French (kidney)are most likely to produce a picking or two if sown at the beginning of late summer, kept well supplied with moisture, and cloched in early autumn at night. Cabbage sown now will produce small, unhearted spring ‘greens’, or can be left to heart for cutting in late spring and early summer, a time often rather short of fresh vegetables. sown now will, like the beans, need protection in autumn if they are to heart satisfactorily by mid-to late autumn and, if you already have endive coming along, this is more likely to produce a worthwhile and better tasting crop. Lettuce outdoors now are rather chancy and much depends on the weather.
The varieties of Japanese onions are useful in that they will mature in early and mid-summer, so filling the gap in supplies of onions between the old and new-season’s crops. However, very careful timing of sowing the seed is essential; the last two weeks are best for the milder gardens, the first two for the chillier ones, with the middle of late summer being the optimum date in many cases. Sow the seed very thinly; mixing it with sand helps ensure even distribution, and cover it with sieved soil 2.5cm (1in) deep. Protect at once from birds and make sure there are no weeds at any time from now until the onions are well established after transplanting.
Most radish sown at this time should be the winter varieties, which produce large roots, weighing up to 0.45kg (1lb) each. Skins can be red or black, roots long or round, and they can be left in the ground during the winter, to be lifted when wanted, or stored in the same way as other roots. Summer radish can still be sown but are best in a little shade, otherwise they bolt.
to sow now is the winter variety, with prickly, triangular seeds; this and spinach beet and (seakale beet) will all provide leaves during autumn and early winter and again from early spring. Protecting with when the weather turns cold will prolong the picking period. should be sown in rows 7.5cm (3in) apart and not thinned, as sowing at this time is done to provide tops for ‘greens’ in spring.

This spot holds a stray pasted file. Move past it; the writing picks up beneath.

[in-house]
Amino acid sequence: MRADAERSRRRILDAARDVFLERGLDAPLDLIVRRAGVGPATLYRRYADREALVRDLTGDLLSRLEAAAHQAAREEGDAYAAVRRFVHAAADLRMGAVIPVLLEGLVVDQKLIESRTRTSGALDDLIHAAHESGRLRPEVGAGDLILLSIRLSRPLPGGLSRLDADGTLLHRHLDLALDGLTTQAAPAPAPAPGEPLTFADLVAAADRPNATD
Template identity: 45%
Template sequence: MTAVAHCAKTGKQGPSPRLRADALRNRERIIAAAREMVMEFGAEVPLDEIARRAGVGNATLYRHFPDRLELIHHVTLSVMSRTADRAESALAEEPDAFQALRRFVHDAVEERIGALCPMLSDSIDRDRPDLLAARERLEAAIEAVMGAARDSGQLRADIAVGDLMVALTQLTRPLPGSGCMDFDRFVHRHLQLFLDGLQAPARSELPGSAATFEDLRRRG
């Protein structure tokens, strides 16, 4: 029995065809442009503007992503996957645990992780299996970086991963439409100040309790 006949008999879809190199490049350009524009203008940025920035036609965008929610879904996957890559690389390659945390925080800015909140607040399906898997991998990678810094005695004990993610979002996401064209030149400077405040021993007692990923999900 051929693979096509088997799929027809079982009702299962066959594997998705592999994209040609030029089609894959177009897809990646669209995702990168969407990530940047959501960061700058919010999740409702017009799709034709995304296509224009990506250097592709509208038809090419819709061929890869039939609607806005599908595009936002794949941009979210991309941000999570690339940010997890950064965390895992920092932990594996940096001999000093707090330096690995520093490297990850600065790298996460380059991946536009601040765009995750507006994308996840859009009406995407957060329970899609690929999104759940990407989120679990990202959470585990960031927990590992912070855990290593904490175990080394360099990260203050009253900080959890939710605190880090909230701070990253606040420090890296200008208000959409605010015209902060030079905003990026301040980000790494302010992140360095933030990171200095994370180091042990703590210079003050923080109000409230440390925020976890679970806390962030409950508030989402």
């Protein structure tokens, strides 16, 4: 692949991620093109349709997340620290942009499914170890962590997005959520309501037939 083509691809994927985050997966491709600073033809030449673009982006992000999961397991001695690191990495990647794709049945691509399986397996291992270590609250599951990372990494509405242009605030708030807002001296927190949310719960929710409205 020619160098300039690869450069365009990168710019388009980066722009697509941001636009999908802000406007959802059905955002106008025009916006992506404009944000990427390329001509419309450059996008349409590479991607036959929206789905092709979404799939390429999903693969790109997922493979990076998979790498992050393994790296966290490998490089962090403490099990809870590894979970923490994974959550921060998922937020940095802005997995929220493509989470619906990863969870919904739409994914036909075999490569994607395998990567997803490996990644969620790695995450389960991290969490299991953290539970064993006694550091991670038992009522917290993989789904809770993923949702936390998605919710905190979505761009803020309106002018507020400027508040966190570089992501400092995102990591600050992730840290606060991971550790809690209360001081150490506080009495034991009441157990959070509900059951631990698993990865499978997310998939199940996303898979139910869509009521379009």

Late summer is a good time to attempt growingoutdoors and a simple way of doing this is to lift and roll back pieces of in lawn or meadow, lightly fork the soil beneath, and scatter mushroom spawn over the surface, replacing the turf when this has been done. Moist soil and a warm, humid atmosphere should result in mushrooms in autumn though, the crop being a rather perverse one, you may find mushrooms appearing in, totally different places from where you originally sowed the spawn!
The recommended time for planting strawberries used to be early to mid-autumn, but experiment has found that by planting in late summer, the plants in general produce a heavier crop in their first season. There is, however, the danger that the soil is dry and rather short of moisture reserves at planting time and that rain is light and spasmodic until autumn, so that you will probably need to keep watering for some weeks after planting.
Put in the plants at spacings of 45cm (18in) between plants and 60cm (24in) between rows. There are two schools of thought about methods of planting: the usual advice is to plant on a slight mound in a shallow hole, so that the roots are spread out and hang down in order to ensure that the crown is not buried, as can easily happen. The alternative and less general recommendation is to plant in a shallow hole sufficiently wide to take the roots spread out naturally, but without a mound in it, the theory being that rain will not then wash the soil away from the upper roots, and that the plant is unlikely to be forced out of the ground by frost, both of which might happen with mound planting. Whichever method you adopt, make sure that the central buds and growing points of the crowns are not covered, and that the plants are well firmed in.
Last month’s sowings will need thinning:, , cabbage (spring), carrot, chicory (Sugarloaf), endive, kale (Hungry Gap), kohlrabi, lettuce, , radish, spinach (summer) and turnip. The second brood of carrot fly maggots may hatch some time during the next few weeks, so bury the carrot thinnings in the compost heap to avoid attracting the adults. Thinning provides a good opportunity to weed at the same time.